- 26.Hoens, T.R., Polikar, R., Chawla, N.V.: Learning from streaming data with concept drift and imbalance: an overview. Progress AI 1(1), 89–101 (2012)Google Scholar
- 27.Hurtado, J., Taweewitchakreeya, N., Kong, X., Zhu, X.: A classifier ensembling approach for imbalanced social link prediction. In: 12th International Conference on Machine Learning and Applications, ICMLA 2013, Miami, FL, USA, December 4–7, 2013, vol. 1, pp. 436–439 (2013)Google Scholar
- 28.Japkowicz, N., Myers, C., Gluck, M.: A novelty detection approach to classification. In: Proceedings of the 14th International Joint Conference on Artificial Intelligence, vol. 1, pp. 518–523, Morgan Kaufmann Publishers Inc, San Francisco (1995)Google Scholar
- 31.Krawczyk, B., Woźniak, M.: Cost-sensitive neural network with roc-based moving threshold for imbalanced classification. In: Intelligent Data Engineering and Automated Learning—IDEAL 2015—16th International Conference Wroclaw, Poland, October 14–16, 2015, Proceedings, pp. 45–52 (2015)Google Scholar
- 32.Krawczyk, B., Woźniak, M., Herrera, F.: Weighted one-class classification for different types of minority class examples in imbalanced data. In: 2014 IEEE Symposium on Computational Intelligence and Data Mining, CIDM 2014, Orlando, FL, USA, December 9–12, 2014, pp 337–344 (2014)Google Scholar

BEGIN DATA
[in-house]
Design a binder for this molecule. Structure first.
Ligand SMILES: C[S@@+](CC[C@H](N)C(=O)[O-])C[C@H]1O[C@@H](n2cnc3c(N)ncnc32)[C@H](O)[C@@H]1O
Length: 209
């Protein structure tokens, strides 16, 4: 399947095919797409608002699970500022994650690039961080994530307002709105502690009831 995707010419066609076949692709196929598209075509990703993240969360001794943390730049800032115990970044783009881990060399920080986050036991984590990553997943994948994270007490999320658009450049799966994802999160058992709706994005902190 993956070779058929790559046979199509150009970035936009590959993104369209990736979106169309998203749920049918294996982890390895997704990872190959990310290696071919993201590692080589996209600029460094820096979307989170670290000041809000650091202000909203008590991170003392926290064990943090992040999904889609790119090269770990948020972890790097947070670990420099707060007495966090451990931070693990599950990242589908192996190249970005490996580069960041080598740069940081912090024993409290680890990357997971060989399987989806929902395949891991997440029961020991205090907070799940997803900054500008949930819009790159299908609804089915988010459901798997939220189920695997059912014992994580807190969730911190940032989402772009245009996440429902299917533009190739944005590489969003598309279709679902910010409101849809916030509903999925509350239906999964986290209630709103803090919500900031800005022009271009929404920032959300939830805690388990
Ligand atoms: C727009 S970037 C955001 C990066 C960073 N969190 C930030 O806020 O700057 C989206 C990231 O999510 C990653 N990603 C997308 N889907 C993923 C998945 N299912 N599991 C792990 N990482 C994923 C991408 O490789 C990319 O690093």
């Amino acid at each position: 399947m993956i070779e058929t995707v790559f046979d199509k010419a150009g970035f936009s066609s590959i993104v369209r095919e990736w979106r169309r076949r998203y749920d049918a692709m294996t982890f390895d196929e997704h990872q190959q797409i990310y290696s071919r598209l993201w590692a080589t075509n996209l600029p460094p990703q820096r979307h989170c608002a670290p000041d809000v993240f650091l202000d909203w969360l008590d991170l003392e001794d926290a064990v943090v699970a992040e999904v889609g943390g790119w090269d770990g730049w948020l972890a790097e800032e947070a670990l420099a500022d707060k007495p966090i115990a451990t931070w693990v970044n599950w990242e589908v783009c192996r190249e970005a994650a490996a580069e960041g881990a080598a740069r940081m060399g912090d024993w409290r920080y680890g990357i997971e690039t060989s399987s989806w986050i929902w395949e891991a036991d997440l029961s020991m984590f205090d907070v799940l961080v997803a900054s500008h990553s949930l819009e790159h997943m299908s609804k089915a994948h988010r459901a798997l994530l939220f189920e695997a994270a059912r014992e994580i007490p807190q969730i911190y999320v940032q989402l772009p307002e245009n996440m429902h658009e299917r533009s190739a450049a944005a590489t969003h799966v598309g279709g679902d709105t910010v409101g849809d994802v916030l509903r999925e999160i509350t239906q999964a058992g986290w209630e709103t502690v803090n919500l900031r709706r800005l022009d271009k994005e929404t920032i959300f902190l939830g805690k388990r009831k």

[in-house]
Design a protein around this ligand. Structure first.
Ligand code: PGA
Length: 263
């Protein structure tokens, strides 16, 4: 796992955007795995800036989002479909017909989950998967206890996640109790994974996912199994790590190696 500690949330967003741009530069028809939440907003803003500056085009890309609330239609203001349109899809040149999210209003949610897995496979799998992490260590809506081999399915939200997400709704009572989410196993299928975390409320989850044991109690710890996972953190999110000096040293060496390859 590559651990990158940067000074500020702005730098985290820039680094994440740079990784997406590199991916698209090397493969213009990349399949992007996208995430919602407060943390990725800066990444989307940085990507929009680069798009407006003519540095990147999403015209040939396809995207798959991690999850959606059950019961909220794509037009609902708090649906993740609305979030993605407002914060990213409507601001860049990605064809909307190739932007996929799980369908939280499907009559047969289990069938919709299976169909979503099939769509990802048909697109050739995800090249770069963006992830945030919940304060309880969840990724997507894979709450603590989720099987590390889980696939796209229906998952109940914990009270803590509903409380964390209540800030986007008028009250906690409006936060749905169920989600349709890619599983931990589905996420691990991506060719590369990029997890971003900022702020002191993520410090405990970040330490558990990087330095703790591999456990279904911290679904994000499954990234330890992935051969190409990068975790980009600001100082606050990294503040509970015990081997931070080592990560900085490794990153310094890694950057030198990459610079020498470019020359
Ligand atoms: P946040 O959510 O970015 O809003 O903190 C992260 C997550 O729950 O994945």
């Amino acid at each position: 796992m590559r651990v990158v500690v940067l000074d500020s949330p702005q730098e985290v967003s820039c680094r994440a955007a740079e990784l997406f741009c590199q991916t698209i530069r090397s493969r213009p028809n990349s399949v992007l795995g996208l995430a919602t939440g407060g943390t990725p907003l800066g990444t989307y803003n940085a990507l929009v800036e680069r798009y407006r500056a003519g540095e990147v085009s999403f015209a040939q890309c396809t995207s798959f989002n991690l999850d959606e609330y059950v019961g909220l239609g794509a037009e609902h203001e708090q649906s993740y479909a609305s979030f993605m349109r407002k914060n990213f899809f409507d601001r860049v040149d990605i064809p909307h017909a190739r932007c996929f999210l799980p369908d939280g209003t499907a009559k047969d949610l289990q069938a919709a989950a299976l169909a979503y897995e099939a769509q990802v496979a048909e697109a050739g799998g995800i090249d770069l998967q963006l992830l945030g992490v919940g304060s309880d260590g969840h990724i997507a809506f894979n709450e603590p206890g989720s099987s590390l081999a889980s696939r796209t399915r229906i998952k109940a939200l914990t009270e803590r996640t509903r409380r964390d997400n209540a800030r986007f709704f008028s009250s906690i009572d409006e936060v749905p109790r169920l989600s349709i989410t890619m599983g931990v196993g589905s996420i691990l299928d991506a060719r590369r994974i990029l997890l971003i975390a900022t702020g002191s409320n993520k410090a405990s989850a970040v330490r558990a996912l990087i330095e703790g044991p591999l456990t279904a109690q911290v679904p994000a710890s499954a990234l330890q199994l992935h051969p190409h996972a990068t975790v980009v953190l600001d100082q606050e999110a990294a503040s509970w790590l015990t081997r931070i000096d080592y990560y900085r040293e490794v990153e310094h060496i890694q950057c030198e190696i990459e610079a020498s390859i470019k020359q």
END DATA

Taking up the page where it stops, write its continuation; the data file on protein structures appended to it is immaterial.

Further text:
- 35.Kubat, M., Matwin, S.: Addressing the curse of imbalanced training sets: One-sided selection. In: In: Proceedings of the 14th International Conference on Machine Learning, pp. 179–186. Morgan Kaufmann (1997)Google Scholar
- 38.Mera, C., Arrieta, J., Orozco-Alzate, M., Branch, J.: A bag oversampling approach for class imbalance in multiple instance learning. In: Progress in Pattern Recognition, Image Analysis, Computer Vision, and Applications—20th Iberoamerican Congress, CIARP 2015, Montevideo, Uruguay, November 9–12, 2015, Proceedings, pp. 724–731 (2015)Google Scholar
- 40.Napierala, K., Stefanowski, J.: Types of minority class examples and their influence on learning classifiers from imbalanced data. J. Intell. Inform. Syst. (2015). doi: 10.1007/s10844-015-0368-1
- 43.Provost, F.: Machine learning from imbalanced data sets 101. In: Proceedings of the AAAI 2000 workshop on imbalanced data sets, pp. 1–3 (2000)Google Scholar